Haaretz Editor Says "The Settlers" Control Israel Lobby

For the second time in the course of four weeks, a senior editor of ultra-leftist Haaretz has openly given voice to his radical agenda.

Ezra HaLevi ,

For the second time in the course of four weeks, a senior editor of ultra-leftist Haaretz has openly given voice to his radical agenda.

This time it was Akiva Eldar, the paper's senior political editor, who endorsed the recently published book "The Israel Lobby," which alleges that a powerful network of lobby groups and Jewish organizations induce the US to pursue policies that are against its best interests.

Eldar made the statements in recent lectures in the United States. On October 1st and 2nd, he was hosted by Americans for Peace Now, and on September 20th he was the guest of the Meretz party at its New York offices.

Eldar praised the thesis of "The Israel Lobby," and said: “A small minority of people dictates their interests to the US and the Middle East, and the mainstream American Jewish lobby is directing US decisions from Israel.”

Echoing CNN’s Christianne Amanpour, who in her recent documentary “God’s Jewish Warriors” used the settlement of Judea and Samaria to criticize the American Jewish establishment, Eldar seemed to seek the next step: American Jewish adoption of the anti-settlement line of the Israeli hard-left. “The settlements are the ultimate proof that the American Jewish lobby should get an award for dictating their policy to the US government,” Saudi-based Arab News reported Eldar as saying.

Eldar endorsed the Arab League’s recent “Peace Initiative,” actually a repackaging of the Saudi Initiative of 2002 – which demands Israel withdraw to its pre-1967 borders, divide Jerusalem and compensate or accept Arab expatriates in return for recognition by the Arabs. “The majority of Israelis agree with this, but the settlers’ lobbies — both in the US and Israel — are so strong that it turns us away from peace," he said.

The Haaretz editor expressed his great support for the Partition Wall between most of Judea and Samaria and the rest of Israel, and voiced hope that the Annapolis conference in November would result in the eviction of Jews from the “Palestinian” side. “I believe the wall did us a favor,” Eldar said, “as it brought back the idea of partition in Israel. The problem is no longer where, but when we withdraw to the line…The settlements are about Jewish hegemony — and they failed.”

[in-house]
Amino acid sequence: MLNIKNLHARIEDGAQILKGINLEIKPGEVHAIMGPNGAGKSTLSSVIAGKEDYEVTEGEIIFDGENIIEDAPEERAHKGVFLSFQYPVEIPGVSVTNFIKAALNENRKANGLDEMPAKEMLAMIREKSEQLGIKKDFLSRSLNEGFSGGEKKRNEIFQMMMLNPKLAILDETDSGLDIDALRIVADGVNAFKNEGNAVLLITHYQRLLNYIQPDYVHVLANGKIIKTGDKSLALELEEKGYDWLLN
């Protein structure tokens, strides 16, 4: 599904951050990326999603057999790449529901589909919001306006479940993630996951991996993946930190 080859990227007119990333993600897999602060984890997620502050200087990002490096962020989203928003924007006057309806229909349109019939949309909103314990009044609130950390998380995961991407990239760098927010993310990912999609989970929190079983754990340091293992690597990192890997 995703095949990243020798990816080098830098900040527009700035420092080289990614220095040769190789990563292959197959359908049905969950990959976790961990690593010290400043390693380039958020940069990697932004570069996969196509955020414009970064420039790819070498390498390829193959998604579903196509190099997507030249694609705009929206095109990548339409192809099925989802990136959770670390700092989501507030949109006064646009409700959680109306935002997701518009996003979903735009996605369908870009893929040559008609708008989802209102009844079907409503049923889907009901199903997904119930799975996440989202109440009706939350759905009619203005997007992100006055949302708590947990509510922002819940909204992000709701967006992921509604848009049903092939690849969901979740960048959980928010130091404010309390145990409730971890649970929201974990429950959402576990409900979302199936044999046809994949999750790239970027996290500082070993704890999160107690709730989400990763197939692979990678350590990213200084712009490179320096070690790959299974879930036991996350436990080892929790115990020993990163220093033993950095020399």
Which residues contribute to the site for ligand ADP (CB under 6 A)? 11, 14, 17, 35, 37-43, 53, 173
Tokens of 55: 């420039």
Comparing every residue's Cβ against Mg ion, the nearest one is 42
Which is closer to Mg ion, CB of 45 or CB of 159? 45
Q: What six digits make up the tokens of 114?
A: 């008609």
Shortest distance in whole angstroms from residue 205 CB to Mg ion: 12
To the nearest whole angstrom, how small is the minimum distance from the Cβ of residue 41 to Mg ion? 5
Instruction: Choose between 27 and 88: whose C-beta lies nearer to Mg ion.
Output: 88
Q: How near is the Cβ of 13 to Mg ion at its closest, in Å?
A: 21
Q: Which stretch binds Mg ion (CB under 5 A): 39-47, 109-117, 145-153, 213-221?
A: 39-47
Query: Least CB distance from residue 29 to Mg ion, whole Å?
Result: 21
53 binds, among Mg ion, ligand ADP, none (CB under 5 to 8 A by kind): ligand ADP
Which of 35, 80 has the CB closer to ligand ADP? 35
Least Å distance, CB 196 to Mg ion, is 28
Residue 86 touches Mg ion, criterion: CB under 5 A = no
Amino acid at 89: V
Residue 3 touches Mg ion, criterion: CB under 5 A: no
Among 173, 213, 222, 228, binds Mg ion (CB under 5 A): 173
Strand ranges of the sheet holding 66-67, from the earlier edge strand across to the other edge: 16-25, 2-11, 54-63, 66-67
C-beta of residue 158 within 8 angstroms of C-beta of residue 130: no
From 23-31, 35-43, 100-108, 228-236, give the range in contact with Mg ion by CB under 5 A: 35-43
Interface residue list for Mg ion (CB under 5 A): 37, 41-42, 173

Another Haaretz Editor, Danny Rubinstein, caused a stir in September when he called Israel an “apartheid state” when speaking before a UN conference in Brussels, on a World Zionist Organization sponsored speaking tour. Rubinstein refused to apologize for his allegations.

Prominent journalist Nahum Barnea wrote in November 2000 (in a publication printed by The Israel Democracy Institute) that there are Israeli reporters who do not pass the "lynch test": these, he said, are journalists who could not bring themselves to criticize the Arabs even when two Israelis were savagely murdered by a mob in Ramallah. The journalists he named were Gideon Levy, Amira Hass and Eldar - all of Haaretz. Barnea wrote: "And then the lynch test came, and before it the test of the shooting and fire bombs of the Tanzim fighters, and before it the test of the violations of the Oslo Agreement by Arafat, and it turns out that the support of some of the prominent reporters [for PA positions] is absolute...They have a mission."

Click here for a critique of Eldar and Haaretz by Andrea Levin, the Executive Director of the Boston-based Committee for Accuracy in Middle East Reporting in America (CAMERA).